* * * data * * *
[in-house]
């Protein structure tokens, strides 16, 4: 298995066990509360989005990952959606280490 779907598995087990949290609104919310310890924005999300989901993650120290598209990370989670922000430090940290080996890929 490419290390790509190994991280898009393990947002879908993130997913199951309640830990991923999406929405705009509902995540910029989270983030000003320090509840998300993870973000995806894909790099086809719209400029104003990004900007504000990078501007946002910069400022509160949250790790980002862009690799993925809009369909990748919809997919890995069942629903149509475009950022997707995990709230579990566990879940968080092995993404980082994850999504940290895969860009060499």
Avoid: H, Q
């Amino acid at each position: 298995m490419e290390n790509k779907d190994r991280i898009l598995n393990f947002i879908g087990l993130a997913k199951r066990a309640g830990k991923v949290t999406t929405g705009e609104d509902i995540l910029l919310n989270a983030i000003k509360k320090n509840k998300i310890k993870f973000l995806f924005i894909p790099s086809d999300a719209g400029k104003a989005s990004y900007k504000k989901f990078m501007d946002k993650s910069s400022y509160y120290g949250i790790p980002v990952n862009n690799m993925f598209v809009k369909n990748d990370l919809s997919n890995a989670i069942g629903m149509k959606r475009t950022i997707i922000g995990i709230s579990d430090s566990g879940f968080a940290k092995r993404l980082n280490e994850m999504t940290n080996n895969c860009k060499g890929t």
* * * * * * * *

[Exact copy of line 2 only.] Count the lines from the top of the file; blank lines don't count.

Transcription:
């Protein structure tokens, strides 16, 4: 298995066990509360989005990952959606280490 779907598995087990949290609104919310310890924005999300989901993650120290598209990370989670922000430090940290080996890929 490419290390790509190994991280898009393990947002879908993130997913199951309640830990991923999406929405705009509902995540910029989270983030000003320090509840998300993870973000995806894909790099086809719209400029104003990004900007504000990078501007946002910069400022509160949250790790980002862009690799993925809009369909990748919809997919890995069942629903149509475009950022997707995990709230579990566990879940968080092995993404980082994850999504940290895969860009060499």